By law, debt settlement companies may only charge a fee IF they were successful in settling your debt. Any company that asks you to pay fees up front or that requests that you send your payments directly to them is a scam.
Again, charging monthly fees is unnecessary and isn’t realistic for real debt settlement companies. They charge a one-time fee once they settle your debt. Don’t give out your credit card number or agree to send your student loan payment to the debt settlement company – always make your payments directly to your student loan servicer.
Look closely at the logos and ‘seals of approval’ debt settlement companies use. They often make it look like they are the recommended service or that they are approved by the DOE. They are not. The only providers approved to do anything with your loans are the approved loan servicers listed on the Department of Education website.
If a company asks for your Federal Student Aid ID or Social Security number, don’t provide it. They are trying to steal your personal information. They will tell you they need it to get into your federal student loan account to negotiate a settlement on your behalf – it’s not true. They are trying to steal your identity.
All debt settlement and student loan forgiveness programs are free – there is no profit made. The Department of Education offers a variety of programs that allow you to ease up on your payments, making them more affordable.
Companies that advertise do so for a profit. They probably also use one of the tactics above, trying to get money out of you to ‘start negotiating.’ Don’t fall for the ads and definitely don’t share any personal information with them.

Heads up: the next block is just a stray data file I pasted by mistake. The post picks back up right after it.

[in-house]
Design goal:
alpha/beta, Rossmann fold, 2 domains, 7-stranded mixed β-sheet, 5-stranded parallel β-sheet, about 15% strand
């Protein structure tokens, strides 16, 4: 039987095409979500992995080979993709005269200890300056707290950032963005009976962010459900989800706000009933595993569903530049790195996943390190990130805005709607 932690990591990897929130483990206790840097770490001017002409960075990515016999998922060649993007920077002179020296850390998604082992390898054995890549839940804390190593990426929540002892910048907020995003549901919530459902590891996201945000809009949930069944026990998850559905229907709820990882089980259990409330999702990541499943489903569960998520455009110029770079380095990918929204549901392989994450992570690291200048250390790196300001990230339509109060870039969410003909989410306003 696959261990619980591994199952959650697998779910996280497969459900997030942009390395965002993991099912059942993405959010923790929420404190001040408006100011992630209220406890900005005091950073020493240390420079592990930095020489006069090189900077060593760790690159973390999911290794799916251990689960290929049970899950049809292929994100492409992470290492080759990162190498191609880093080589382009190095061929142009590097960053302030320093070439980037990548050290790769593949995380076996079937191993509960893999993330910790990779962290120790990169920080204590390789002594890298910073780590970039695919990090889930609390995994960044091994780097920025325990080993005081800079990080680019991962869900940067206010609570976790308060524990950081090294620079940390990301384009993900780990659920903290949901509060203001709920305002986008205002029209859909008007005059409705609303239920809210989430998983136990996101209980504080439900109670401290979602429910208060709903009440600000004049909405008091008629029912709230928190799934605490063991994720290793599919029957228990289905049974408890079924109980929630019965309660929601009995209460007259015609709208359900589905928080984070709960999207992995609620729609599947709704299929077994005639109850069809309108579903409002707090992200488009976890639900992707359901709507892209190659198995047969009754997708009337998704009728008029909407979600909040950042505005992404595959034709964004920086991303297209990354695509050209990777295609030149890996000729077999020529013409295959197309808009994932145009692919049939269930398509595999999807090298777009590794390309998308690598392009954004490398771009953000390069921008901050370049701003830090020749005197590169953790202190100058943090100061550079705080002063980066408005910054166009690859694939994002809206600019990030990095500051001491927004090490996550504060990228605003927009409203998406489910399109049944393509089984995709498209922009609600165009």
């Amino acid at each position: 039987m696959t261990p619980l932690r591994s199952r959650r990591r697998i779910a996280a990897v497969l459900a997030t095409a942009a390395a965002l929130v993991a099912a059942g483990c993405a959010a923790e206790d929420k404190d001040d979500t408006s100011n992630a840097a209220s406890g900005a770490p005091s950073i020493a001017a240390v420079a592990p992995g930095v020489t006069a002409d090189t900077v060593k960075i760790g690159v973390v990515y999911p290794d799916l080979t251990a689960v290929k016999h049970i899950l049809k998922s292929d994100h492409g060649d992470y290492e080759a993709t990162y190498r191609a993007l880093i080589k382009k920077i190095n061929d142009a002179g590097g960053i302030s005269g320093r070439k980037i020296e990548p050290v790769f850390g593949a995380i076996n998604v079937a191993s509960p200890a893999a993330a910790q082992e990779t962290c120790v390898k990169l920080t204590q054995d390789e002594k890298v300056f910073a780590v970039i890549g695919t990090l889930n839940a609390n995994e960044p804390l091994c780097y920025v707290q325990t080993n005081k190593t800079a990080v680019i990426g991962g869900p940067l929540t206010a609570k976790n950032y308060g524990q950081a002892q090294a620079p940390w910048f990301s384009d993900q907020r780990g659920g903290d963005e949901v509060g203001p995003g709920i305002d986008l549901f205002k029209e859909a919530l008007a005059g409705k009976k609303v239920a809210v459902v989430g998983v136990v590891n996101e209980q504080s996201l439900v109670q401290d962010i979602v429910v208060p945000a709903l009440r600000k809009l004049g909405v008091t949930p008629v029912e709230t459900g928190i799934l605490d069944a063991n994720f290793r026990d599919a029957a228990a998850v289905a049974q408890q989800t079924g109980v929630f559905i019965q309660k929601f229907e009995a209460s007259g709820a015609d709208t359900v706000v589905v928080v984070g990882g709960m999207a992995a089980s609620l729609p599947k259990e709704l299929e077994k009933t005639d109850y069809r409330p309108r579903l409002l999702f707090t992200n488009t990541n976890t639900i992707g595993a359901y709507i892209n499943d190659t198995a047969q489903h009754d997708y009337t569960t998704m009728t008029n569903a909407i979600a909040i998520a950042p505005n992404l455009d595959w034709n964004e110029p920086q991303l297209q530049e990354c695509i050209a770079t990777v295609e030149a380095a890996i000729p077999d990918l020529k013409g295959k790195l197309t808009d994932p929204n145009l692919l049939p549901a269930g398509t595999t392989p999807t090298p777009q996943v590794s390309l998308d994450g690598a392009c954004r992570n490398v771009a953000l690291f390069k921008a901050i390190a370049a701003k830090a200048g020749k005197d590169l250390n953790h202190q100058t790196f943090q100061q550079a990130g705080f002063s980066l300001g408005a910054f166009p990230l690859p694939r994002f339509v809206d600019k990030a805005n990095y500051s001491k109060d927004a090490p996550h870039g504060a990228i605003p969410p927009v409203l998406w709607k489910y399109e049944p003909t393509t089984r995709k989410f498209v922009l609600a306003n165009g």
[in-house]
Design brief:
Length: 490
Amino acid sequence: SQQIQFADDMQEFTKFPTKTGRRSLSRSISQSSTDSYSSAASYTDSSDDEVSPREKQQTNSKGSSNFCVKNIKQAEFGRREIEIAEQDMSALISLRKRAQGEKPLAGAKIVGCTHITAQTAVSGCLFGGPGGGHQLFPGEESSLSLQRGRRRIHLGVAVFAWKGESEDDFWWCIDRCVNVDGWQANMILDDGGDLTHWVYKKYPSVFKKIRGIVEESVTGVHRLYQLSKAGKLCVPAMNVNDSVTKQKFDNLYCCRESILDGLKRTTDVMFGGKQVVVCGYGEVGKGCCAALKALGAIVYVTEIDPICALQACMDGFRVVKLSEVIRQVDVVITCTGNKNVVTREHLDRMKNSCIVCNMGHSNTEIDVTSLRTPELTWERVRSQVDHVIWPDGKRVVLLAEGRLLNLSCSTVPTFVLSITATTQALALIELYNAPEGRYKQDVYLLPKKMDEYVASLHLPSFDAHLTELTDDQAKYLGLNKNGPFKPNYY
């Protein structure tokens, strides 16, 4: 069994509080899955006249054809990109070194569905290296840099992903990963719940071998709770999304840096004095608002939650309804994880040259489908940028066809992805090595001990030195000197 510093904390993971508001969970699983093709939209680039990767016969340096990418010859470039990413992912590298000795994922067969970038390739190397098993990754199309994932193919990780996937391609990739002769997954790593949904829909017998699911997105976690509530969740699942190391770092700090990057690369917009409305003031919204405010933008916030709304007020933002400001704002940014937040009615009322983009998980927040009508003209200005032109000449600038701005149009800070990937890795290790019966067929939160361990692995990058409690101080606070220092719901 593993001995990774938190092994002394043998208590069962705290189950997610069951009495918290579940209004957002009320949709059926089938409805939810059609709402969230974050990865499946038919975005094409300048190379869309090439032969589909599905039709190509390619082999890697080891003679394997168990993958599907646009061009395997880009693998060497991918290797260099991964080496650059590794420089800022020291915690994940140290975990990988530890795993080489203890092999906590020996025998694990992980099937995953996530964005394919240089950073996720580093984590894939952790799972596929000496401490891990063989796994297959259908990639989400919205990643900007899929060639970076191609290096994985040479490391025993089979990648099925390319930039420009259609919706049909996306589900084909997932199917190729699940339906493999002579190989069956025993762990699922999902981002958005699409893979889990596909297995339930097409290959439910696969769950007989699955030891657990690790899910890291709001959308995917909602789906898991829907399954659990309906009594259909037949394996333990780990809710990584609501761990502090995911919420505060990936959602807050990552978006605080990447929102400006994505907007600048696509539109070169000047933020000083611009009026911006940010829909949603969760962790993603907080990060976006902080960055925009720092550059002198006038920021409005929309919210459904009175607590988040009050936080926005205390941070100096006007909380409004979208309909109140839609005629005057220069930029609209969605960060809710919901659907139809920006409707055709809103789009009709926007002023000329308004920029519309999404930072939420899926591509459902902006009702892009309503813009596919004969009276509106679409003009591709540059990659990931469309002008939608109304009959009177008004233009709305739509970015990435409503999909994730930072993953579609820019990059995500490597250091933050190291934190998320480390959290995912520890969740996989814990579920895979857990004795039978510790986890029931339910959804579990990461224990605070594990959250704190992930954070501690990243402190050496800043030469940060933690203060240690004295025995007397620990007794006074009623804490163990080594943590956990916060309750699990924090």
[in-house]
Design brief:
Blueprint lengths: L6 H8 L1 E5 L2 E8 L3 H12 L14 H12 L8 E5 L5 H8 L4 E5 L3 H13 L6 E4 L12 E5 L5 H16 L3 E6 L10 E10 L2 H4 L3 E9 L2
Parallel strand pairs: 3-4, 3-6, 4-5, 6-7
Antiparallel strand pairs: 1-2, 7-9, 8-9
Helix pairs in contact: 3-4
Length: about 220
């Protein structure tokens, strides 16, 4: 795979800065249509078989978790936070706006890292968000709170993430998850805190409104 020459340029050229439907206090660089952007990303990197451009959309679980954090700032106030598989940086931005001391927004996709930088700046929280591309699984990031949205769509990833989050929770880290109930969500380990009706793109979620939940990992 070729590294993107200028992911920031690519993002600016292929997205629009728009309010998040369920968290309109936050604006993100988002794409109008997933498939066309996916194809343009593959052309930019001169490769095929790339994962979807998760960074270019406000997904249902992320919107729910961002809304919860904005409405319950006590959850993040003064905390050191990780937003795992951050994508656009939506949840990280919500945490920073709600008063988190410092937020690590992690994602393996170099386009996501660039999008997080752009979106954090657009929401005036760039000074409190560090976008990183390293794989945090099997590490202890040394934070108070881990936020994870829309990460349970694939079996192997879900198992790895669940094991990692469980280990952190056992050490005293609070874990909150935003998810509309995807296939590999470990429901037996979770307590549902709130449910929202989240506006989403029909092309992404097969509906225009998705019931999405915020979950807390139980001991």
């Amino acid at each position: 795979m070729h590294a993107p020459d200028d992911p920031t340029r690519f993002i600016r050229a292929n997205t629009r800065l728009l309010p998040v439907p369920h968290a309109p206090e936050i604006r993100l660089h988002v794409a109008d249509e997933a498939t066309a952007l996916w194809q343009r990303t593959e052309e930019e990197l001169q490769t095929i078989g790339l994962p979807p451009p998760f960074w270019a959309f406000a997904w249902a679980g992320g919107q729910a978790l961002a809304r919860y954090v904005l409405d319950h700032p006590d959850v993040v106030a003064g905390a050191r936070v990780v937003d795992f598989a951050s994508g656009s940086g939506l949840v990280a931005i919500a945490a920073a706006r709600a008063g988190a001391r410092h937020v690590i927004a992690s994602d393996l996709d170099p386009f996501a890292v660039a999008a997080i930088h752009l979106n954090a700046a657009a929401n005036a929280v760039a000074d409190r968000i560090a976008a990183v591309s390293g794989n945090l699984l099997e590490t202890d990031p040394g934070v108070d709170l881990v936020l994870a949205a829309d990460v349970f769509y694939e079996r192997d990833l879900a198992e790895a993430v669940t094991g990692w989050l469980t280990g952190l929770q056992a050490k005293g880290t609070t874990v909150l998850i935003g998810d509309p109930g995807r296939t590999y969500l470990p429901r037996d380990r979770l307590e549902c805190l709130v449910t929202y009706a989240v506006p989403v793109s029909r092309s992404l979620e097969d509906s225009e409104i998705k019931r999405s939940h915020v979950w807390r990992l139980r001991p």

Just like student loan debt, student loan forgiveness phone call scams are on the rise. It usually works like this:
In July 2019, the Federal Trade Commission shut down one such scam. They estimate the scammers managed to get around $23 million from thousands of people in student loan debt.
When it comes to student loan debt, the best way to reduce it is simply to continue paying it off over time. Any service that offers to remove or reduce it quickly is likely a scam. Also, asking for fees to help with debt up front is illegal, so you know the company isn’t legit.
Remember, too, that scammers can easily fake government or loan program seals and logos. It’s like seeing a really good Photoshop, but with way worse consequences.
If you get a phone call asking if you want to reduce your debt, contact your loan provider. They’ll let you know if there are currently any programs for reducing your debt. More likely than not, it’s just a scammer looking to make a quick buck off of your debt.
If you think you’ve fallen for a student loan scam, take the following steps: